December 2017

SportsTurf provides current, practical and technical content on issues relevant to sports turf managers, including facilities managers. Most readers are athletic field managers from the professional level through parks and recreation, universities.

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Page 46 of 51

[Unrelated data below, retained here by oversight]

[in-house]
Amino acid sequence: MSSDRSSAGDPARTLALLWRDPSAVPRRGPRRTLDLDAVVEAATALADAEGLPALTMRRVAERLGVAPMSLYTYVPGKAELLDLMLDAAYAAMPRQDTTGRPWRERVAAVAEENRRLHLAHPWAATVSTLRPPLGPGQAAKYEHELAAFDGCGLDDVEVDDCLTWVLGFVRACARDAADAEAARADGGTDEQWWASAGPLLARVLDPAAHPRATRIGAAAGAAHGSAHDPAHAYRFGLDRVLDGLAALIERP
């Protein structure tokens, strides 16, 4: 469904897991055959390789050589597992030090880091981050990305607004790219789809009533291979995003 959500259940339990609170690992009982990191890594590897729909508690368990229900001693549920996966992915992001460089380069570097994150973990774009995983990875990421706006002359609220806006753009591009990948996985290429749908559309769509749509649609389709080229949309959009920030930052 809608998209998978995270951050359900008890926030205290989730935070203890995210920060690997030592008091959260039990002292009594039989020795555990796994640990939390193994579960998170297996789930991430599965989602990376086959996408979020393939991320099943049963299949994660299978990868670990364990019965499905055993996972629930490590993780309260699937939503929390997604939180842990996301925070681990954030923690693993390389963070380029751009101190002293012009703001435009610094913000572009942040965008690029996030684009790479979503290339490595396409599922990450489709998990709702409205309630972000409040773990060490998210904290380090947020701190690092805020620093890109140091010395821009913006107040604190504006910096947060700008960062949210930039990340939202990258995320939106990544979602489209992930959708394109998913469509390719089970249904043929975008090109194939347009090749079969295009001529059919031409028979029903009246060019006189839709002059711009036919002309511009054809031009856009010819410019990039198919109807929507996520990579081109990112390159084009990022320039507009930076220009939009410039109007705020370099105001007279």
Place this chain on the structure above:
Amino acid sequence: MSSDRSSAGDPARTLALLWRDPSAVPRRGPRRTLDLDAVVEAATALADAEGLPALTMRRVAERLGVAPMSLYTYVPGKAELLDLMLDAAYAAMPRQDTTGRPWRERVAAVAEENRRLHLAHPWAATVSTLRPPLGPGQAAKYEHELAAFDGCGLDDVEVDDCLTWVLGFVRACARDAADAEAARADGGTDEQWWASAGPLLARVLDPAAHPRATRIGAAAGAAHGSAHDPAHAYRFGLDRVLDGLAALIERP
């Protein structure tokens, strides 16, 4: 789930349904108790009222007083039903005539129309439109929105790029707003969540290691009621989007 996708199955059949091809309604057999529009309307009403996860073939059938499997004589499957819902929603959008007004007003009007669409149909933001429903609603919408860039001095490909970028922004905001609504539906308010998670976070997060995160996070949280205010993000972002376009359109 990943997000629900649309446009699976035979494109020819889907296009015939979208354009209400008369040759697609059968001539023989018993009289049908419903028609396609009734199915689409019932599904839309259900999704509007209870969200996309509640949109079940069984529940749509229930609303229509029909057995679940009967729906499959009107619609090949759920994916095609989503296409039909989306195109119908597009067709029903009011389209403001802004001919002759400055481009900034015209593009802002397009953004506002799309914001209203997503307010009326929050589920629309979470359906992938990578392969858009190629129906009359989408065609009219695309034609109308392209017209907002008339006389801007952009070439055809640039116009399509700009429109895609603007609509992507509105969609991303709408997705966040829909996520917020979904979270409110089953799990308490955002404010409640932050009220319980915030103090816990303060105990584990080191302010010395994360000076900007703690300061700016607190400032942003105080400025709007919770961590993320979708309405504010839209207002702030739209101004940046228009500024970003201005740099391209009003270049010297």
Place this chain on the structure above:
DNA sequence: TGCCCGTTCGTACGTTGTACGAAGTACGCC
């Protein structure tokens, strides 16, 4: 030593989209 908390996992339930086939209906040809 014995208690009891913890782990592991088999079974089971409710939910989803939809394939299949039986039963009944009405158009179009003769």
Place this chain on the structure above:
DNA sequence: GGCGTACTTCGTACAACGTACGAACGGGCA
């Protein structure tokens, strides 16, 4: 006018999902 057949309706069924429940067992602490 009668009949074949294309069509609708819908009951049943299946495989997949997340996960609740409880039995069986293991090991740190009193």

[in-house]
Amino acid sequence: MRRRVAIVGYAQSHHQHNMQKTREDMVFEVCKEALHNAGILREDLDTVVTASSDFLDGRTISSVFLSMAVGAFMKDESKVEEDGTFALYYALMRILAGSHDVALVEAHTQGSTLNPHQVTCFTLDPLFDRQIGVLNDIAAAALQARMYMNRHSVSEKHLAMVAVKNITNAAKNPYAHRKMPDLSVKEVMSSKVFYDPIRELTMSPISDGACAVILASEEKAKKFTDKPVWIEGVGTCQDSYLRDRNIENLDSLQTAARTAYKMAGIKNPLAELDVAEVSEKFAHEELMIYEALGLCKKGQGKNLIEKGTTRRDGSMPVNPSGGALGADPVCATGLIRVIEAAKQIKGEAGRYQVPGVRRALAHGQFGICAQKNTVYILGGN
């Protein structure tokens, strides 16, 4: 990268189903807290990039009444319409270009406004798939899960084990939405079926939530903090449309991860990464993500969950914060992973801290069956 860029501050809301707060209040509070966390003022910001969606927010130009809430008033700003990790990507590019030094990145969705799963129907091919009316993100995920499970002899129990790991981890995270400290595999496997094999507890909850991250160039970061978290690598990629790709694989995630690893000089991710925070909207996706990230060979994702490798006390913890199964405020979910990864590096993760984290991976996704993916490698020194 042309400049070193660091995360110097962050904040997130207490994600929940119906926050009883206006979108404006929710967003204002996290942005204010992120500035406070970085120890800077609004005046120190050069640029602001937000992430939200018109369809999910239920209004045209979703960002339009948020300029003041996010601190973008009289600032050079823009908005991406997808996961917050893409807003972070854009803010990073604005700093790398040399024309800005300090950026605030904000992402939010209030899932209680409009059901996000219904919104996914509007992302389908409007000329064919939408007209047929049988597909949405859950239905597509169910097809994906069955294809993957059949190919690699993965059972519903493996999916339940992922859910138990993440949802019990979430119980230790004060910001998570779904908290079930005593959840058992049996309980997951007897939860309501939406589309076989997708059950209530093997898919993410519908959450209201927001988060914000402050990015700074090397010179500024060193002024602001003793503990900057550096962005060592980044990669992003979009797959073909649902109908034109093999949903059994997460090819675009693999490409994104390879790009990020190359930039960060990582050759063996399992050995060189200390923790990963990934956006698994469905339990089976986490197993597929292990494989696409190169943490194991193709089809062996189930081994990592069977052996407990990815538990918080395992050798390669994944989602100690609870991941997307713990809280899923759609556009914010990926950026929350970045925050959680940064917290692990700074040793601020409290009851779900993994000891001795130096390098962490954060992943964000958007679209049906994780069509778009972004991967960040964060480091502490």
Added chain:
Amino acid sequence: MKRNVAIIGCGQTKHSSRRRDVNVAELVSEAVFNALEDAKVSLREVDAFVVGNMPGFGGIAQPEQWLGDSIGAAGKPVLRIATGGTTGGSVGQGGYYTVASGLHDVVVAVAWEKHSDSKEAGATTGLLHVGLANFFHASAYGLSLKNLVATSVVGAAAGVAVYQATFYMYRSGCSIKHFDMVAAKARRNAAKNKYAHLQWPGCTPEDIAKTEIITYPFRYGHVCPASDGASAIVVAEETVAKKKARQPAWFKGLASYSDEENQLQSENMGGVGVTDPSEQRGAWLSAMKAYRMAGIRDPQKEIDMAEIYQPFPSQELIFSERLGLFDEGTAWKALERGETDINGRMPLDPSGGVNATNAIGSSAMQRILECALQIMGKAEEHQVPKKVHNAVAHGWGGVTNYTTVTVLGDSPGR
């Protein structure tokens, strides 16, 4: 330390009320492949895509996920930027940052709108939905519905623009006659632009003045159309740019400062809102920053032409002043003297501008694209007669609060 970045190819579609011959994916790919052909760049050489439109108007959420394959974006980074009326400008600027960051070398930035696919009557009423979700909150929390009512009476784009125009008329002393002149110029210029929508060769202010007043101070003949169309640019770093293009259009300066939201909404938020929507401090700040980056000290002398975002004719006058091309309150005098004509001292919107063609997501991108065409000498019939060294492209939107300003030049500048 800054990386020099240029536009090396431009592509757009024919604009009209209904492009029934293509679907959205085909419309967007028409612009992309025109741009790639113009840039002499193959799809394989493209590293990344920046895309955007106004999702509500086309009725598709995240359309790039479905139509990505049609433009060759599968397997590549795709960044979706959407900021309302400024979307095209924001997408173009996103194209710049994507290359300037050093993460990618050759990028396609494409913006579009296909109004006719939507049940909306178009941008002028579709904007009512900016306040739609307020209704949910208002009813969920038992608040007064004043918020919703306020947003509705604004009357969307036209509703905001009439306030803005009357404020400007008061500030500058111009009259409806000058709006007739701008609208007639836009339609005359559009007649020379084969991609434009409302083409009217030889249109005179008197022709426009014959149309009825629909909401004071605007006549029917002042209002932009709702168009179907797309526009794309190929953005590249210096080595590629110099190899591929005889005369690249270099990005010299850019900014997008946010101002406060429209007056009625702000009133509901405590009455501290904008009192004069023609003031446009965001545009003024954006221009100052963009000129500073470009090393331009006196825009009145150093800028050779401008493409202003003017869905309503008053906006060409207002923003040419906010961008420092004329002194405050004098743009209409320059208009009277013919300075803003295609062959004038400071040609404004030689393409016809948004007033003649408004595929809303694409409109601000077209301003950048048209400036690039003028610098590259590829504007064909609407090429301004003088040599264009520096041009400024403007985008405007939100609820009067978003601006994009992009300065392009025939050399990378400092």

www.spor 47 December 2017 // of the goal mouth areas for both lacrosse teams has been one of the biggest challenges while trying to minimize the dishing effect that often occurs with the goal mouth areas as the season moves along. Trying to manage those areas while trying to provide a safe surface for soccer also has been a truly challenging experience. All three of those spring field sports are state champion caliber teams and the expectation for a safe and playable surface is set very high by each team. Marc Moran Marc Moran writes: "The success of the Atlee High School Turf Science Program can be attributed to several things. Aside from our group of hard- working students we have a built a program that is predicated on relationships with the turf industry, our community, our school/ sports administration and our coaching staff." "We have worked hard to try to include our school community in our program. Through social media and other efforts we try to keep our local community informed of things that we are doing on campus and other exciting things that are happening in the industry. Our community is the reason why our program has been able to grow over the past 15 years. Our community had changed; in order to meet their needs our school system saw a need to change as well. From that change came the Turf Management program within our Agriculture/Horticulture Department. We also offer workshops on turf care for the community. We have found that by working with the community and keeping them informed of the latest trends in turf management by addressing sound environmental practices and strategies. We showcase the STEM principles so prevalent in the education arena today and we work hard to reinforce those principles to help our students in their other academic courses. "One of the strongest relationships our program has forged over the years has been with our athletic administration. We have an open dialog daily that helps prepare for the work we do each day to prepare our facilities for any games that are being played or any special consideration for practice areas. We work the administration to prioritize management of fields and facilities and any work that needs to be done or will need to be addressed in the near or distant future. Our conversations focus on field safety, playability, and aesthetics. We work with our athletic director to determine the impact of weather and what adjustments may need to be made to game schedules in order to preserve the integrity of the playing service and safety of our student-athletes. "We are directly involved in the long-term planning of our athletic complex and work with the administration to set realistic goals and immediate solutions to address pressing concerns that may show themselves before those future plans are implemented. "We provide contracting services for the athletic administration and work with them to help with post-game stadium maintenance and we use those services to help fund equipment upgrades for our program and to build our resources that have allowed our program stay current with mowing and application equipment. "An open dialogue with our coaches is where we have found that we can make the greatest impact. As a former high school coach and now a middle school coach, I call on those experiences as I work with coaches to provide them the best practice and game facilities possible. I try to meet with coaches at least weekly to see what they needs have and to also observe how they practice. "We have found that by understanding their practice styles, we can better serve their need when it comes to field layouts and the management of high-wear areas. For example, our soccer coaches do a lot of half field work, so now we have modified our painting plan I order to allow them to slide their field day to day that has allowed us to nearly eliminate goal mouth wear that was so prevalent in the past. We have since developed rotation practice plans for Soccer, Football, Field Hockey, Lacrosse and Marching Band. "Without interaction with our coaches, these changes would not be possible. They see us as a partner in their team's success and we take a lot of pride in giving them practice fields that may be equal to the competitions game facilities. Change is challenging for everyone, but showing an interest in their success has allowed us to progress in such a way that has allowed the change to be less painful and ultimately more rewarding for their team. In the past, we painted lines for drills, now we use cones. We would pregame in goal mouth areas, now we move the goal for pre-game. These small suggestions have helped our coaches maintain the integrity of the field and ultimately have helped us to reduce repairs and ultimately reduce operating costs. "We have been building relationships in the turf industry since we started the program and actually before that. We used industry partners to help us build our curriculum and worked with those partners to make sure we are are current and looking to the future to remain relevant. Through experiences at STMA and our VSTMA Chapter, we have encountered tremendous support from sports turf professionals at all levels from across the country. Almost every facet of our program has been influenced by our involvement in STMA Conferences and publications. The willingness of the profession to share information has allowed us to grow. I strive to share that spirit of professionalism with my students and the partners that surround our program. "We have been able to achieve the success we have had because of our connections with these groups. Our students take pride in being able to put the very best out there each day." /ST/